TheCorporateCounsel.net

June 11, 2007

Jail Bait? Failure to File Schedule 13Ds and Forms 3

A couple of recent cases have highlighted situations where beneficial ownership reporting by hedge funds is called into question, in one instance with a particularly draconian result – potential imprisonment.

The U.S. Attorney for the Southern District of New York announced that the founder and manager of two hedge funds pleaded guilty to three counts of violating federal securities laws arising from the activities of his funds in acquiring substantial positions in the securities of two public companies. In addition to defrauding the funds’ investors about transactions that resulted in losses of $88 million, the manager was charged with failing to file on Schedule 13D to report an interest of 5% or more of one company’s stock (he and his funds controlled over 80 percent of the stock), and failing to file a Form 3 to report his beneficial interest of more than 10% in another company (while falsely reporting ownership of under 10% in a Schedule 13D).

The SEC also commenced a civil action in this case back in 2005 that is still pending. Actions such as this one should come as no surprise to those who have heard the SEC Staff publicly express the point that compliance with the beneficial ownership reporting requirements has been – and will remain – a high priority.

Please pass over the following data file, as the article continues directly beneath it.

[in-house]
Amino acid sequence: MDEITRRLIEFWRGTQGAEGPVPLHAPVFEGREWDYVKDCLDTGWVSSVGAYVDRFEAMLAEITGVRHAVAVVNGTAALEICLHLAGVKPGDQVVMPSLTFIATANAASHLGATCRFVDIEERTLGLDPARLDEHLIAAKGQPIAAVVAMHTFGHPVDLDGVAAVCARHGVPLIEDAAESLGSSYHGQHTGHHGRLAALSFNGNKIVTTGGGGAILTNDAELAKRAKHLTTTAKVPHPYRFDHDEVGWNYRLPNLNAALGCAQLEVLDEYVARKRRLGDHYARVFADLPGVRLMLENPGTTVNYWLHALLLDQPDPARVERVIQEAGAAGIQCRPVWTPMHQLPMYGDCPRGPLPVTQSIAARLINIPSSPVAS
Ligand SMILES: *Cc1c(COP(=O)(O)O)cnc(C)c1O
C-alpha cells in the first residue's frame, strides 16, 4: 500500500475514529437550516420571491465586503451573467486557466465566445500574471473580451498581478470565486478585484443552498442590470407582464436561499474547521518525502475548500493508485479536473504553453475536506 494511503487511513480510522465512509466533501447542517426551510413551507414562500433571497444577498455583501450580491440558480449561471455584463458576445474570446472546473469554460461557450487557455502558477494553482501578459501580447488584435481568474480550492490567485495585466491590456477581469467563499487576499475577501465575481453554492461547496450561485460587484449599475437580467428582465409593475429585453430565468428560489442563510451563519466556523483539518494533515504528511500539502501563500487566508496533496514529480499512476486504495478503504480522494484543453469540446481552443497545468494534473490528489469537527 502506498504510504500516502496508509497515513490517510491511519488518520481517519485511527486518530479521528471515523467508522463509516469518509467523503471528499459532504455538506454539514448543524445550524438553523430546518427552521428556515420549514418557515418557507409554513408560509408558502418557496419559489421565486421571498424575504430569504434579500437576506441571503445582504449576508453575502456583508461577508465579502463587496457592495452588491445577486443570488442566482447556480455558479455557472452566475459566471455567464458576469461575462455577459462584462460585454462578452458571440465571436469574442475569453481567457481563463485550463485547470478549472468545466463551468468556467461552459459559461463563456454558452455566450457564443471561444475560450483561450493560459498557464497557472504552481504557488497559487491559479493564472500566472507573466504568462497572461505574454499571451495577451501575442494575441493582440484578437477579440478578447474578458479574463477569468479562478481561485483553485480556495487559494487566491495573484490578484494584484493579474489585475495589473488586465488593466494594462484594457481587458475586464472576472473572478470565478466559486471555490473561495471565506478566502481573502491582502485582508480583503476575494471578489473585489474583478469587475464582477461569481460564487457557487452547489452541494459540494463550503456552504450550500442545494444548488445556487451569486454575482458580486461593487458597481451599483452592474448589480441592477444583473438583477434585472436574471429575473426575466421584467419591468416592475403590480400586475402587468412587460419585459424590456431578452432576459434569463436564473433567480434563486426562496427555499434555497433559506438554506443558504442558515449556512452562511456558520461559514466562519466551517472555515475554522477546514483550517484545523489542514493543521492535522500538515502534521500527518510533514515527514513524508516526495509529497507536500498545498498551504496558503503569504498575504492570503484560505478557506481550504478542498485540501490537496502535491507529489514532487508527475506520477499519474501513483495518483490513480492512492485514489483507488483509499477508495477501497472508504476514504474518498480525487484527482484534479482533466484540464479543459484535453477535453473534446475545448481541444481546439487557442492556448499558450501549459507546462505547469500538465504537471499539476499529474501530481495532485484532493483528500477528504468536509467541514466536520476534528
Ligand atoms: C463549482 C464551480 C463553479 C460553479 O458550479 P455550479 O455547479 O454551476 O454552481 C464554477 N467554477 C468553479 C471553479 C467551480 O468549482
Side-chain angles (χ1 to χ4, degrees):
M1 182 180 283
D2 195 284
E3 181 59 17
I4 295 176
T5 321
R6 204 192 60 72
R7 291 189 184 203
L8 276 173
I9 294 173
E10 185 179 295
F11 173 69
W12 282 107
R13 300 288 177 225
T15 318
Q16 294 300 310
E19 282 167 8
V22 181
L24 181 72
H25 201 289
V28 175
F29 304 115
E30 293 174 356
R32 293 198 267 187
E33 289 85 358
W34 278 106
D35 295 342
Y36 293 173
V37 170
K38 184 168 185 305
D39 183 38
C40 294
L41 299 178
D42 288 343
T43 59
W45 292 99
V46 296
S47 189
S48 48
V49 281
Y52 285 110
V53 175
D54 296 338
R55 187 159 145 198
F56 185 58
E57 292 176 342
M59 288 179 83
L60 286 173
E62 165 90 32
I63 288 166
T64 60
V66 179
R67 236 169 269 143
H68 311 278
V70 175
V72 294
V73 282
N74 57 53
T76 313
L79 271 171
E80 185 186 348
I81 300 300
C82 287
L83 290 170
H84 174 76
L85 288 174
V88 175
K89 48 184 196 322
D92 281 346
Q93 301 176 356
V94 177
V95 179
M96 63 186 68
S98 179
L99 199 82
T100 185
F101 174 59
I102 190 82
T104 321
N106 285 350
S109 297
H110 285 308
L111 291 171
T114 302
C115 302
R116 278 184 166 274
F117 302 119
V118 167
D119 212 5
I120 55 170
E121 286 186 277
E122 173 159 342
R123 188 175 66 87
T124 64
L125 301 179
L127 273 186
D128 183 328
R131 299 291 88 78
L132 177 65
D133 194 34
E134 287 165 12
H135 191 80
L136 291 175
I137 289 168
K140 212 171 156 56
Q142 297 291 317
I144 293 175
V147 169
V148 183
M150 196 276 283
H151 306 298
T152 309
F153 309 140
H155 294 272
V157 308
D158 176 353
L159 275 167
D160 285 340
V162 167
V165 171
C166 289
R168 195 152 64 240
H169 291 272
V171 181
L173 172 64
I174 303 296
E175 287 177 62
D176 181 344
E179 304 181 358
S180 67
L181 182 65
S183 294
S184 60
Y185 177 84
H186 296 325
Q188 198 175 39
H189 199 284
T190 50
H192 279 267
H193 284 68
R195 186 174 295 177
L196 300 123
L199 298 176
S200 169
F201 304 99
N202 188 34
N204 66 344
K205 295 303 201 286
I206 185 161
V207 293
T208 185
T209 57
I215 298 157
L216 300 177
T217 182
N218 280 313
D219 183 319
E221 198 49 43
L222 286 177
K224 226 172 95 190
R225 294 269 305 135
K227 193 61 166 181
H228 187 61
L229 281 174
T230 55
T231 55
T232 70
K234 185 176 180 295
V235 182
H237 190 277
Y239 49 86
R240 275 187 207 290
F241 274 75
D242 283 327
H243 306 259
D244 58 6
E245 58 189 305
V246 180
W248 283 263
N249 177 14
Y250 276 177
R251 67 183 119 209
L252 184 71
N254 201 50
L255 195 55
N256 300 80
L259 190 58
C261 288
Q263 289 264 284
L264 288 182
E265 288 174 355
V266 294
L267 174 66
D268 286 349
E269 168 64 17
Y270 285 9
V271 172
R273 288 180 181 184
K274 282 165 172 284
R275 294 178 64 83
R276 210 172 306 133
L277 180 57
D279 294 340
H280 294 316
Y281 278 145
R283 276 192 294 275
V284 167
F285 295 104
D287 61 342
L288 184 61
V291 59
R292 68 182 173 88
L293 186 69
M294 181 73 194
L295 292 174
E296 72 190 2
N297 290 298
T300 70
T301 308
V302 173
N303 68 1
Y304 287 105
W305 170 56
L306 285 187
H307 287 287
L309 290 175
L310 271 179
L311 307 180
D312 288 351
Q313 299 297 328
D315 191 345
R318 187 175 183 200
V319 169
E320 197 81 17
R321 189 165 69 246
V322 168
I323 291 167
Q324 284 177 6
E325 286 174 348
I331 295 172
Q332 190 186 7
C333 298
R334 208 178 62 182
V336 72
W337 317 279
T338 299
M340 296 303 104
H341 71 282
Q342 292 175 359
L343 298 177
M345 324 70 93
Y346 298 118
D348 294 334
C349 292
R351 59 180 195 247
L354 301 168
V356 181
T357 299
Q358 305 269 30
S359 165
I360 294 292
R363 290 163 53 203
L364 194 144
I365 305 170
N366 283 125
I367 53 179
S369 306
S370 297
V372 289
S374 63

While the failure to file accurate beneficial ownership reports was obviously important for the markets in the common stock of the companies involved, the lack of accurate beneficial ownership information was also crucial for the manager to carry out his fraudulent scheme, as any reporting of his interests would have informed his investors that he was not acting in accordance with the funds’ investment policies. Alan Dye has blogged more about this case on his Section16.net Blog.

And Another Schedule 13D/G Action…

Recently, the Delaware Chancery Court addressed the situation of a hedge fund that reported its “investment only” intent on Schedule 13G when it was potentially considering the nomination of a short slate of directors to the company’s board. While the case of Openwave Systems Inc v. Harbinger Capital Partners principally involved the hedge fund’s failure to timely nominate its director candidates under Openwave’s advance notice bylaw provisions, the court took particular note of the fund’s status as a Schedule 13G filer in assessing whether it was really in a position to nominate its own directors within the required timeframes of the advance notice bylaw provisions, as well as in rejecting the fund’s allegation that the board of Openwave reduced the number of directors in response to Harbinger’s potential “threat.”

On DealLawyers.com, we have posted a copy of the opinion in our “Schedule 13Ds” Practice Area.

NASPP’s “15th Annual Conference”: Program Announced!

The full program – with over 40 panels! – for the NASPP Annual Conference was just announced. This conference brochure lists all the panels. Register today.

This year’s conference will be held at the San Francisco Marriott from October 10-12 – and already is on track to have well over 2000 attendees. Make your hotel reservations now before the hotel is sold out. With the October 9th pre-conference – “Tackling Your 2008 Compensation Disclosures: The 2nd Annual Proxy Disclosure Conference” – being so popular, this will happen very soon…

- Dave Lynn